Duterte eyes military ties with China but US presents obstacles

PUBLISHED : Sunday, 07 May, 2017, 10:03am
UPDATED : Sunday, 07 May, 2017, 10:03am

Philippine President Rodrigo Duterte has expressed an interest in holding joint military drills with China, but military cooperation between the two countries remains far from mature, experts from both countries said.

Analysts said Duterte’s call for closer military ties with the Chinese navy was in line with his push to reduce Manila’s dependence on the United States and expand ties with other regional powers.

Relations between China and the Philippines have warmed since Duterte promised to put aside their territorial disputes over the South China Sea and pursue stronger economic links, but difficulties remain in expanding economic cooperation into the military sphere.

Philippines’ Duterte seeks alliance with China but defence officials warn of strategic threat

Duterte told media on Monday that he was open to the idea of conducting joint military exercises with China in piracy-plagued waters near the coast of the island of Mindanao. He has also asked Beijing to send patrol ships to help fight against Islamic State-linked militants in the Sulu Sea.

Despite Duterte’s push for joint military exercises the two countries lack a Visiting Forces Agreement, according to Clarita Carlos, an international affairs expert from the University of the Philippines. The Philippines already has agreements in place with the United States and Australia for such cooperation, Carols said. Military drills with Beijing must be based on an written agreement that would serve as terms of reference for the drills, said an expert from the Office of Naval Strategic Studies affiliated with the Philippine Navy, who requested anonymity becaused he was not authorised to speak to the media.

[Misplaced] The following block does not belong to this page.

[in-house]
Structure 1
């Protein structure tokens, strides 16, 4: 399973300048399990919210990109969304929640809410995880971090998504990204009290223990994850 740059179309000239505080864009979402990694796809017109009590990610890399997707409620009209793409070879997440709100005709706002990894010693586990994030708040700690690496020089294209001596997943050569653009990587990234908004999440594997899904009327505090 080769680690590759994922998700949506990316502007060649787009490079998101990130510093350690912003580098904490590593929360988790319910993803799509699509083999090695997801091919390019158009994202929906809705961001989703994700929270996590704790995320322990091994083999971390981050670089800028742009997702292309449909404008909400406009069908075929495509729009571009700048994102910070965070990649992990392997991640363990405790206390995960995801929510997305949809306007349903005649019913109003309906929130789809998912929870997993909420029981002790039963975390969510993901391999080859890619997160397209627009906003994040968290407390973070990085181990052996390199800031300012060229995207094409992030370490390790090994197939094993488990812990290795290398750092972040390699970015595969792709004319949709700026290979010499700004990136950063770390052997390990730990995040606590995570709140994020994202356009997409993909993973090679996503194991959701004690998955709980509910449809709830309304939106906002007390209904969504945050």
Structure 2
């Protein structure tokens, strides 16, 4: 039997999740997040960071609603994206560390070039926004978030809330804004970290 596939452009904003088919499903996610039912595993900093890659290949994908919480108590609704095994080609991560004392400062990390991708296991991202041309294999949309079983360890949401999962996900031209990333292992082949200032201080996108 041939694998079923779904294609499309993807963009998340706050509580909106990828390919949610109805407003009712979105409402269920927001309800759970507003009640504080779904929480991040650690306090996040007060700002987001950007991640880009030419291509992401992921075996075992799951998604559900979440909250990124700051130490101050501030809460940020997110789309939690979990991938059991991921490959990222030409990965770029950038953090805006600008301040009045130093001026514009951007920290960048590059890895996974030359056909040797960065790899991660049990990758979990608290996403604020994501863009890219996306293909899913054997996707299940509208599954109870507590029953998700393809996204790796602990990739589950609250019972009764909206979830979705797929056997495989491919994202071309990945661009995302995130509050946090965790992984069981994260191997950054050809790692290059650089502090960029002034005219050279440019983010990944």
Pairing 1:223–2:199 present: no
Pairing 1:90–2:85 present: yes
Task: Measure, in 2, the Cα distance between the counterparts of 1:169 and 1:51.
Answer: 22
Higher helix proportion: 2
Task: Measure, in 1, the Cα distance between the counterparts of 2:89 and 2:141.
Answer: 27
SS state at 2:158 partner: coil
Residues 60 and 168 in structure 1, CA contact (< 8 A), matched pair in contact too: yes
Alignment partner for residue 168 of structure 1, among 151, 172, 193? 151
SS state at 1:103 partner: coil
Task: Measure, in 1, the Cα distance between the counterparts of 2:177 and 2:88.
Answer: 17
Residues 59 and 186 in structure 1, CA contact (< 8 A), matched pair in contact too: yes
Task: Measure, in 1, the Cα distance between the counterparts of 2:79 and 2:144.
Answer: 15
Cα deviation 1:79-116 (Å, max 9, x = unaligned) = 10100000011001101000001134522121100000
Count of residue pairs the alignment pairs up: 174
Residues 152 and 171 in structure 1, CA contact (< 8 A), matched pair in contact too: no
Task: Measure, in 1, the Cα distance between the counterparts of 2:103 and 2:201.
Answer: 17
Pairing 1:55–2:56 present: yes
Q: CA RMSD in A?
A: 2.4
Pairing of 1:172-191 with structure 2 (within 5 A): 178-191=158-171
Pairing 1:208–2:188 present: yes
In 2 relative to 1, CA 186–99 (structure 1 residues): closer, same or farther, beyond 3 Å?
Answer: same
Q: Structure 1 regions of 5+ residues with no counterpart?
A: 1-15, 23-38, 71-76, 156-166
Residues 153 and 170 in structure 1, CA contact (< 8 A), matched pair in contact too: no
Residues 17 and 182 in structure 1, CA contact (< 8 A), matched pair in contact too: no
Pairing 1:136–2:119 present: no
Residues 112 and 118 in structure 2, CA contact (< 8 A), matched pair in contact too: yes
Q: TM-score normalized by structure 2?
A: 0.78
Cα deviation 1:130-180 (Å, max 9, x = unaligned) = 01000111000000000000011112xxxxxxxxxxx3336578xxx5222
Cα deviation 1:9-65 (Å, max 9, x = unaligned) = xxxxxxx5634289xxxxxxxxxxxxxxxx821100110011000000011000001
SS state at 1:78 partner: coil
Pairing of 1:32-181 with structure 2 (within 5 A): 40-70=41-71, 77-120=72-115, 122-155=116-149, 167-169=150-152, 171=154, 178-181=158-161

“There are many considerations that have to be discussed bilaterally and threshed out in detail, such as the venue and type of exercises or activities. Those are possible obstacles but subject to bilateral negotiation,” the expert said.

But cooperation between China and the Philippines could give the United States greater insight into how the two Asian neighbours carry out drills, said Zhou Chenming, a veteran military expert from the Knowfar Institute for Strategic and Defence Studies think tank. “The Philippine’s military system is closely linked to the US, so a scenario exists in which China might get to know the radio frequency range, signal type and communication method. That might be a reason for the US to exert pressure on the Philippines and result in the joint military exercises being unable to be carried out,” Zhou said.

“We are actively looking at developing greater contacts, such as defence cooperation, with China. Our defence officials are meeting regularly,” Philippines acting Foreign Minister Enrique Manalo told the Sunday Morning Post. “And we have a good ongoing defence cooperation, also on security issues like anti-terrorism and combating transnational crime.”

What next for China and the Philippines in the South China Sea dispute?

Carlos said Deterte only needed to ask the Senate to pass an agreement with China. “All Duterte has to do is to submit a proposal to the senate, to ask for a Visiting Forces Agreement with China, which paves the way for bilateral defence and military cooperation,” Carlos said. “He controls both houses of congress and enjoys a high approval rating, so it’s easy for him to get votes and the agreement is more likely to be passed.”

Zhou agreed that it was just a matter of time for China and the Philippine to conduct joint military exercises and the two counties could begin with non-traditional military drills such as anti-terrorism, humanitarian assistance and disaster relief.